Jewish leader OKs Reagan peace plan

Despite Israel's rejection of President Reagan's plan for Middle East peace, the president of a major Jewish organization with branches throughout the world has given his full support for the spirit of the initiative.

The endorsement by Edgar Bronfman, president of the World Jewish Congress based in New York City, seems to indicate that there is considerably more support among Jews around the world for a more flexible Israeli position on Middle East peace than many people realized.

The World Jewish Congress is a kind of parliament of Jewish organizations located in 67 nations.

Mr. Bronfman has also called for an ''immediate and thorough'' investigation into last week's massacre of hundreds of unarmed Palestinian refugees in Beirut while Israeli soldiers were in control of that city. Mr. Bronfman thus placed himself, in effect, behind the unprecedented call for an independent inquiry into the massacre made by Israeli President Yitzhak Novan. Israeli Prime Minister Menachem Begin has turned down Mr. Novan's request.

Bronfman's endorsement of the spirit of the Reagan plan for Middle East peace came in the form of a letter to Mr. Reagan and to Secretary of State George P. Shultz, with whom Bronfman met on Sept. 20.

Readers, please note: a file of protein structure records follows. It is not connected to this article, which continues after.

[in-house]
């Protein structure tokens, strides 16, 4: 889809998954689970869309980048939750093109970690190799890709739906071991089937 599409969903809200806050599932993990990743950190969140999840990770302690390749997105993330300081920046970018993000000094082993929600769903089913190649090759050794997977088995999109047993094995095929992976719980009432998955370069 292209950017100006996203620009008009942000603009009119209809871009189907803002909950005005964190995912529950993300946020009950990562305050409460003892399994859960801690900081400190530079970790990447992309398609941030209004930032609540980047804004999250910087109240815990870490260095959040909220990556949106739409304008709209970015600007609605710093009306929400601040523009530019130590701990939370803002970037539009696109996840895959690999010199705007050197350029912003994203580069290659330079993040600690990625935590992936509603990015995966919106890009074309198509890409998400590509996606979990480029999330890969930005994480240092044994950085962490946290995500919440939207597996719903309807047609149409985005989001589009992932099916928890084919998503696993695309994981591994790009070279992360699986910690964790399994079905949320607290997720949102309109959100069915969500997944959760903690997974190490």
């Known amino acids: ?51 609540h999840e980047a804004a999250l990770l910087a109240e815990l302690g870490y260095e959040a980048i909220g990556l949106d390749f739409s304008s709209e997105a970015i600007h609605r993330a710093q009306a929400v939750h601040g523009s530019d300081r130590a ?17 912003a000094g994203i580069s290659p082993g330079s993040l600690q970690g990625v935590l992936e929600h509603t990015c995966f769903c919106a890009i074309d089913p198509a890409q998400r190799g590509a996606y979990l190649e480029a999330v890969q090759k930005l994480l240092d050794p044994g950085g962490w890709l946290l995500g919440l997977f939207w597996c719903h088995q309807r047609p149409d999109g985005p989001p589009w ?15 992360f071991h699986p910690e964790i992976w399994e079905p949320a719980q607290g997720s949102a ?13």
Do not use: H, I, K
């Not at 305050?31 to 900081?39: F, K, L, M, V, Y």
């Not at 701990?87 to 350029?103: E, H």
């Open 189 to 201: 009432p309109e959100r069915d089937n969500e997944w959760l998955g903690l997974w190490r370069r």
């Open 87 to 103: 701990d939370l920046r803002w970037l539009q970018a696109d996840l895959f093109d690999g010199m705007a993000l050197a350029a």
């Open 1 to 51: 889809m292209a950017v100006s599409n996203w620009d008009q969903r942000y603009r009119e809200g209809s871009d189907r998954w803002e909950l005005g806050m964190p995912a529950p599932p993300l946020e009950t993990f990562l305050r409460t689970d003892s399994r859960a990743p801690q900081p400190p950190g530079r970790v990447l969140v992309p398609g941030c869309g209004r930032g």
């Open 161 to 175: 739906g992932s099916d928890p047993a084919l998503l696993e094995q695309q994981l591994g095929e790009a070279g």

Israel Singer, executive director of the World Jewish Congress, said that before Bronfman sent the letter the congress polled all 67 Jewish communities. Mr. Singer said the responses to the Reagan plan were mixed, but underlying those responses was a conclusion the plan could constitute ''a major catalyst'' for a solution to the Arab-Israeli conflict.

According to Mr. Singer, an agreement was made with the White House not to make public the text of the Bronfman letter to the President and the secretary of state. But Singer did say that Bronfman qualified his support in one respect. According to Singer, Mr. Bronfman stated that he felt that the entire Reagan initiative was based on the necessity for other parties - and most specifically, Jordan - to enter into negotiations with Israel.

King Hussein of Jordan has said that he sees ''some positive elements'' in the Reagan plan. On Sept. 20 King Hussein called upon the Palestine Liberation Organization to join him in drawing up a plan for a Jordanian-Palestinian federation along lines which would appear to resemble the federation Reagan has proposed.

William P. Clark, Mr. Reagan's national security adviser, said Sept. 21 that King Hussein was ''working hard to gain the endorsement of the Palestinians and other Arabs'' for the Reagan peace initiative.

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